This is Part 1 of a DIY field control project, not sure if there will ever be a Part 2, we will see.
There was a thread on the forums a few weeks ago that discussed the tournament manager software. I had often wondered what was used at competitions so decided to download and try it out. The tournament manager is in fact a suite of several programs. A database server running in the background communicates with applications for tournament control, audience and pit displays. Multiple instances of the display software can run on a network of computers allowing remote display at a large venue. One operator can control all this from a single location.
Having installed the tournament manager and setup a simple test competition the one thing I noticed was that the match timer does not run. Reading the manual confirms this; the match timer will only run if field control hardware is connected. I’m not sure why this is the case, presumably the PC is used for timing, I can only assume that it is to ensure that all electrical connections are sound before a match can be started. VEX sells the field control system for $200, hard to justify just to be able to play with the application and use when teams are practicing. So to the point of this post, is there a low cost way to enable the match timer. I’m sure the developers would say “just run the application with the –d or whatever flag set”, but that would be no fun whereas reverse engineering the hardware is.
The tournament manager installed a driver for the field control system. The driver is at the path C:\Program Files\VEX\Tournament Manager\Drivers\cp210x in the form of an installation utility CP210xVCPInstaller.exe which windows reports as “Driver Installation utility. Silicon Laboratories Inc.” Looking at the setup.ini file confirms that this is the correct driver for the field control, a USB device with vendor ID of 0x10C4 and product ID of 0xEA60.
VEX Competition Field Controller
VEX Robotics, Inc.
A quick aside, every manufacturer using USB in their products should have their own vendor ID assigned by the USB Implementers forum either by becoming a member or purchasing a vendor ID for around $2000. I don’t know why VEX has not done this and continues to have products with vendor and product ID’s which are technically in conflict with others on the market. They had a great opportunity to address this when the latest firmware for the cortex was released, but it still has a vendor ID owned by Microchip Technology and a product ID that should be a 10 channel A-D converter. End Rant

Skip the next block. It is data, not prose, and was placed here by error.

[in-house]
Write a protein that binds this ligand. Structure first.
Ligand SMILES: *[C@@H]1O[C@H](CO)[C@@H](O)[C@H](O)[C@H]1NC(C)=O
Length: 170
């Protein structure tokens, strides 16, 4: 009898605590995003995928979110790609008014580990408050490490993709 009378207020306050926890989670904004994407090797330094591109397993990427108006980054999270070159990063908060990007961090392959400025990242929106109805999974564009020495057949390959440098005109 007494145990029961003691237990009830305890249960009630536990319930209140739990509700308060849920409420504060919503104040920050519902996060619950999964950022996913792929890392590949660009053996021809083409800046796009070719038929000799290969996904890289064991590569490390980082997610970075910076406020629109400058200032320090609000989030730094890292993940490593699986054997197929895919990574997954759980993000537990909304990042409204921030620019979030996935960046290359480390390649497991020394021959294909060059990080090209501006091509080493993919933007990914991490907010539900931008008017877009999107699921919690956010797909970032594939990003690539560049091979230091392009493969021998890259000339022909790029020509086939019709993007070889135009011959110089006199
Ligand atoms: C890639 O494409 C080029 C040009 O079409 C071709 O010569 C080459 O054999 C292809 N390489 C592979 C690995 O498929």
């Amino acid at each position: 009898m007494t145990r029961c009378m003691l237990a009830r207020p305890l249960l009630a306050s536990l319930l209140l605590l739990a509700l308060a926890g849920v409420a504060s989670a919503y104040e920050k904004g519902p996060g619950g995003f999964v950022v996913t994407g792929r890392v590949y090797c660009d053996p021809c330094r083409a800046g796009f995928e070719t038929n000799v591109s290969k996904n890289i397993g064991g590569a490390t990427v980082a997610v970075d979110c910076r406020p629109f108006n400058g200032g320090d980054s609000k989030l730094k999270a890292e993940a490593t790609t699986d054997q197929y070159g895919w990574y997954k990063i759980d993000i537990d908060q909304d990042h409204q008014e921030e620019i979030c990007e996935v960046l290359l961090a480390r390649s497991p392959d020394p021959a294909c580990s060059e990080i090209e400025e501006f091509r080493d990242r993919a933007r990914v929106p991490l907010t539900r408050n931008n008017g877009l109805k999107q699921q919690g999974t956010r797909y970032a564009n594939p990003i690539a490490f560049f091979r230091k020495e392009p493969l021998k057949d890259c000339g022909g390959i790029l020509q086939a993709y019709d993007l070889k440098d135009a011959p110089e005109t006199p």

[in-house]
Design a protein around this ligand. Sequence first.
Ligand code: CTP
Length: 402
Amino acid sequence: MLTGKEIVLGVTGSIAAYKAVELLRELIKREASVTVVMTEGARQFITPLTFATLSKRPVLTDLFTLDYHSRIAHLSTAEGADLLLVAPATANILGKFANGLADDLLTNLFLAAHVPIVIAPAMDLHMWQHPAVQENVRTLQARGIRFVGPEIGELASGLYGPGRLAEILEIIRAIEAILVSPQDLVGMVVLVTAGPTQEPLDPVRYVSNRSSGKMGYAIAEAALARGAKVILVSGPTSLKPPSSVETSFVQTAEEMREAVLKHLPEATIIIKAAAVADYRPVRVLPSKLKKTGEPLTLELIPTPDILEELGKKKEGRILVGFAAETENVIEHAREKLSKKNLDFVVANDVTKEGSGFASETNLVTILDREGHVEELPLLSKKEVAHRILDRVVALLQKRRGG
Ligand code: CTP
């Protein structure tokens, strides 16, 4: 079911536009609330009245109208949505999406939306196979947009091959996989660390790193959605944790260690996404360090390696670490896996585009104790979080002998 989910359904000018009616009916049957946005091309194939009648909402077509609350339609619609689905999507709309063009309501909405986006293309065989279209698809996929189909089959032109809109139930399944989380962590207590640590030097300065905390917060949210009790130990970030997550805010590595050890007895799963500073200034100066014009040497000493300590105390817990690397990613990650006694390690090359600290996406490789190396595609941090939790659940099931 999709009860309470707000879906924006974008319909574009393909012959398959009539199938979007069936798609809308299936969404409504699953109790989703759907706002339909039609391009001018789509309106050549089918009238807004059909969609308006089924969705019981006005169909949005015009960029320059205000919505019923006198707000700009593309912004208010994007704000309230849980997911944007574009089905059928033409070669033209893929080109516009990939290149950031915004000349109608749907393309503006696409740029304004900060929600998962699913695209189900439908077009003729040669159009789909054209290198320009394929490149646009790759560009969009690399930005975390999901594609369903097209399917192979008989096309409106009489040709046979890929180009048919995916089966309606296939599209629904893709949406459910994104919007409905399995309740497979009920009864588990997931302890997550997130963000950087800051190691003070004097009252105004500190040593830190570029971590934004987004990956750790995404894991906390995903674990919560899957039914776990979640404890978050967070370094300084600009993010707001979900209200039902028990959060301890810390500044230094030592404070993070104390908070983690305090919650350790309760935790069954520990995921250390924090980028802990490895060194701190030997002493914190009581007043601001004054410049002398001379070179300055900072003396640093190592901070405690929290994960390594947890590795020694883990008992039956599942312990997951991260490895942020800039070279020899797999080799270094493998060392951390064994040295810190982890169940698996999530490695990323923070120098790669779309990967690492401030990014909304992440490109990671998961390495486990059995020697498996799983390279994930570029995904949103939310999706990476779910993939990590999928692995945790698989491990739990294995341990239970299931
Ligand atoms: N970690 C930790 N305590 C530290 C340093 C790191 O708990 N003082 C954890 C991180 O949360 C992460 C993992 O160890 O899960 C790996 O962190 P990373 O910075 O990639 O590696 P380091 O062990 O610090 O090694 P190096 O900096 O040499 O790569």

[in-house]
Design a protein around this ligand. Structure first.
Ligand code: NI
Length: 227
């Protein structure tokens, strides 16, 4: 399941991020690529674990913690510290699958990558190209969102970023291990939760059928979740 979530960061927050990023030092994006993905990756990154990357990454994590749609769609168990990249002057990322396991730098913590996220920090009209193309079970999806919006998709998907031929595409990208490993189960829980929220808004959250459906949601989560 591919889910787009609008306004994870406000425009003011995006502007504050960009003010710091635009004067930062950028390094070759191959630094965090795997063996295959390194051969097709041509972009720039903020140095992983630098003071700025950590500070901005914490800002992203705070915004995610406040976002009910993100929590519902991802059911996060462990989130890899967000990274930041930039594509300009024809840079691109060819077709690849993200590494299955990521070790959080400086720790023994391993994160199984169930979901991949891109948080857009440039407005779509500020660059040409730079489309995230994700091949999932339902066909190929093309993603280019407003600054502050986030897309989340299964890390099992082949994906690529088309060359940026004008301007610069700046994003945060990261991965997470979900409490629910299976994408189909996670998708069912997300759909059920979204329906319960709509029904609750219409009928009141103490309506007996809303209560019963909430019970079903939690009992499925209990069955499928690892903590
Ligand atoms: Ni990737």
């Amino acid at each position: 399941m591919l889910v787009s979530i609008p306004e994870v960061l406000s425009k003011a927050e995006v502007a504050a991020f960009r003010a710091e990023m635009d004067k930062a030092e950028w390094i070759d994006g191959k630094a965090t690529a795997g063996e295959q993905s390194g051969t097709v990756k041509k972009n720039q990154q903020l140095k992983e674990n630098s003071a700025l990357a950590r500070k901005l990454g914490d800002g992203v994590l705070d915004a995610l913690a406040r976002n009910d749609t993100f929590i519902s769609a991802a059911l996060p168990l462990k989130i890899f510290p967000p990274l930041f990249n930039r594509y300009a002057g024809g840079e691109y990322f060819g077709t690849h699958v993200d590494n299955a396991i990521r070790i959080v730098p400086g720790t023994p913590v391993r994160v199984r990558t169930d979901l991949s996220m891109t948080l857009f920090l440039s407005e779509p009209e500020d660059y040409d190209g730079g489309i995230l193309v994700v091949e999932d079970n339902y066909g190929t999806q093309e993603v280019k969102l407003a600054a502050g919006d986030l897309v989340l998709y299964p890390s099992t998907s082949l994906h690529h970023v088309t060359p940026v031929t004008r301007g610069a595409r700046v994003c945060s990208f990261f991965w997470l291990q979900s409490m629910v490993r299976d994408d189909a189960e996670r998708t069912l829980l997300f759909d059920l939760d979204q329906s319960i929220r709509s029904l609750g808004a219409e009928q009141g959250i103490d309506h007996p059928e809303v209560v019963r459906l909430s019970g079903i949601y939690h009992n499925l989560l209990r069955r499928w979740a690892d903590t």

So the first place to visit is the Silicon Laboratories web site, searching on CP210x reveals they have a series of USB to RS232 bridge circuits starting with a product designation of CP210, so how to decide which one.
The tournament manager manual has some good close up photos of the field control hardware.
The silabs chip can be seen so we are on the right track. The first thing to notice is that the IC is in a 28pin package, this narrows down the possible products to three, the CP2101, CP2102 and CP2103. Zooming in on the photo suggests the device is the CP2103, the product datasheets confirm this is the most likely as, in addition to the normal serial port emulation, it has four GPIO pins that may be used as digital inputs or outputs. Silabs have an evaluation kit available for $29 so an order was placed. The evalution kit is also available from digikey for the same price.
The evaluation kit consists of a small board with the CP2103 along with cables and software. The board provides jumpers on all signals for test purposes and LED’s on the four GPIO lines.
I had fully expected that some reconfiguration of the evaluation board would be necessary, perhaps changing the USB product string to “VEX Competition Field Controller” or something like that. However, after connecting the evaluation board to the PC, allowing the drivers to load and starting the tournament manager software, I was given the option of assigning this new “Field Controller” to a match field.
Testing driver and autonomous control suggests that GPIO_1 is used as the enable/disable signal and GPIO_0 is used as driver/autonomous selection. I’m only interested in operation with VEXnet but assume one of the other GPIO signals would perhaps be transmitter enable/disable for the 75MHz systems. The match timer now operates correctly with the large timer numbers visible on the audience display.
I have no plans to connect this board to the joysticks and allow full field control. This would not be difficult but would require another small buffering and distribution board to be made. Those with some electronics experience would not find this hard but I don’t want to be liable for any damage you may cause :) For the practice matches we will use the timing function but will continue to use the simple competition switch to enable and disable the robots.
Hopefully this helps other teams who may wish to use the tournament manager application as an alternative to using a stopwatch.